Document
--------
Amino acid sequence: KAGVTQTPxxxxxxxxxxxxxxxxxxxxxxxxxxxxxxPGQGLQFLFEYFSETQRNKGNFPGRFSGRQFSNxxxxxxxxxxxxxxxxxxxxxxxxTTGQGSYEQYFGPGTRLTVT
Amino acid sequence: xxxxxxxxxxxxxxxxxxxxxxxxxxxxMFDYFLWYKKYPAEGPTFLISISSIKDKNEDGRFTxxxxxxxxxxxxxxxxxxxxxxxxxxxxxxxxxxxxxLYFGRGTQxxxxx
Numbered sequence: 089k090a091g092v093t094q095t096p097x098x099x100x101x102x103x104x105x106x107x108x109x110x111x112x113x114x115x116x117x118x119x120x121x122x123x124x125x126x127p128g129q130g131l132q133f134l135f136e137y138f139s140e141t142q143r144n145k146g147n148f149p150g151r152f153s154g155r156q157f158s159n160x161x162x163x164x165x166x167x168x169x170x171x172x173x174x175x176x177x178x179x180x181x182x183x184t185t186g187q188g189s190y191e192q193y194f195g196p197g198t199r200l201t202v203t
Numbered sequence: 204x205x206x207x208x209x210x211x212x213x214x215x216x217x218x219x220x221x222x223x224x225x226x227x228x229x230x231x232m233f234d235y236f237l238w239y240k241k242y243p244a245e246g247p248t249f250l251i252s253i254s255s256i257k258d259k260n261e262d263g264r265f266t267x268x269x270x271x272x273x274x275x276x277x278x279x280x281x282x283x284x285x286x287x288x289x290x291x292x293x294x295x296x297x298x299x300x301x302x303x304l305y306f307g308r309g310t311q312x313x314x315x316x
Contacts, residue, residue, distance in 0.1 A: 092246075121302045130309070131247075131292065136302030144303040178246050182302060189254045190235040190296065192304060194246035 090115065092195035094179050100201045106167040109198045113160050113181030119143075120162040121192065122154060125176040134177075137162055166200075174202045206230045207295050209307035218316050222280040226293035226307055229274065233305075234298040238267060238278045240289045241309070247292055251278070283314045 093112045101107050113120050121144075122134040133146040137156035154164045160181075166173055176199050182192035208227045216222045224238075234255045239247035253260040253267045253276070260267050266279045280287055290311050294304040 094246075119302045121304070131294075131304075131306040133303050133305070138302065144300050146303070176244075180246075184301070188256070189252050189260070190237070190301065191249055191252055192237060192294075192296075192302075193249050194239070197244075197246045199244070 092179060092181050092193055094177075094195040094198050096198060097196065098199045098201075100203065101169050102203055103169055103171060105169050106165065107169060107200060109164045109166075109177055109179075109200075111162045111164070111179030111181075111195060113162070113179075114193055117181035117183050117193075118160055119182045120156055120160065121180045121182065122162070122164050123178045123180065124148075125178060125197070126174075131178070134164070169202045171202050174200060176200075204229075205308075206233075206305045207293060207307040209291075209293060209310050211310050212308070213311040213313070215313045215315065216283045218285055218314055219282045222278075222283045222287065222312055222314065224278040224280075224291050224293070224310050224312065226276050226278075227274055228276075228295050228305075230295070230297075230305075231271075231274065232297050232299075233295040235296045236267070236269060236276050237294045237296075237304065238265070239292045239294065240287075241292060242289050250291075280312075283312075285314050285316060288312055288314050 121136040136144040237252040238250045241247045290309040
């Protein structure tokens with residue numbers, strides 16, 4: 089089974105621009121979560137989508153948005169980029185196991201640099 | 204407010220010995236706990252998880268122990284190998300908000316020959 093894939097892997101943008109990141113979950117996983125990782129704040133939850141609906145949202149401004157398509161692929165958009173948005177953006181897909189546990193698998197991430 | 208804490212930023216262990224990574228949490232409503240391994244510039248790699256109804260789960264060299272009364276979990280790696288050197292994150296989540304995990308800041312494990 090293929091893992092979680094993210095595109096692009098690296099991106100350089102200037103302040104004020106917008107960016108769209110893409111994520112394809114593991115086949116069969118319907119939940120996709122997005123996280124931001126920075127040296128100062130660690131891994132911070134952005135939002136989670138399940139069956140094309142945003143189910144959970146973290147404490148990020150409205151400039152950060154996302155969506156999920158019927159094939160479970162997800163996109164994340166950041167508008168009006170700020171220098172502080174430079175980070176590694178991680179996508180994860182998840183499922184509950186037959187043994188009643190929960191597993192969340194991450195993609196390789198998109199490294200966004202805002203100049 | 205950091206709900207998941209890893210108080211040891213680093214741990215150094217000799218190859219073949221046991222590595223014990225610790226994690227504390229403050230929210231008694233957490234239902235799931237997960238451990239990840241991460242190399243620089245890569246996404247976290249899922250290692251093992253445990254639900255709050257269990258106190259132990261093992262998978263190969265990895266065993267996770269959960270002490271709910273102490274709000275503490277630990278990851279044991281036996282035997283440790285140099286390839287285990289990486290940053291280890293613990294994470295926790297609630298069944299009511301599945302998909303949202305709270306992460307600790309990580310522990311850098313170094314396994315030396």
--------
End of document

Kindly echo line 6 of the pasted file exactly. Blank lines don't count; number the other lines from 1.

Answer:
């Protein structure tokens with residue numbers, strides 16, 4: 089089974105621009121979560137989508153948005169980029185196991201640099 | 204407010220010995236706990252998880268122990284190998300908000316020959 093894939097892997101943008109990141113979950117996983125990782129704040133939850141609906145949202149401004157398509161692929165958009173948005177953006181897909189546990193698998197991430 | 208804490212930023216262990224990574228949490232409503240391994244510039248790699256109804260789960264060299272009364276979990280790696288050197292994150296989540304995990308800041312494990 090293929091893992092979680094993210095595109096692009098690296099991106100350089102200037103302040104004020106917008107960016108769209110893409111994520112394809114593991115086949116069969118319907119939940120996709122997005123996280124931001126920075127040296128100062130660690131891994132911070134952005135939002136989670138399940139069956140094309142945003143189910144959970146973290147404490148990020150409205151400039152950060154996302155969506156999920158019927159094939160479970162997800163996109164994340166950041167508008168009006170700020171220098172502080174430079175980070176590694178991680179996508180994860182998840183499922184509950186037959187043994188009643190929960191597993192969340194991450195993609196390789198998109199490294200966004202805002203100049 | 205950091206709900207998941209890893210108080211040891213680093214741990215150094217000799218190859219073949221046991222590595223014990225610790226994690227504390229403050230929210231008694233957490234239902235799931237997960238451990239990840241991460242190399243620089245890569246996404247976290249899922250290692251093992253445990254639900255709050257269990258106190259132990261093992262998978263190969265990895266065993267996770269959960270002490271709910273102490274709000275503490277630990278990851279044991281036996282035997283440790285140099286390839287285990289990486290940053291280890293613990294994470295926790297609630298069944299009511301599945302998909303949202305709270306992460307600790309990580310522990311850098313170094314396994315030396």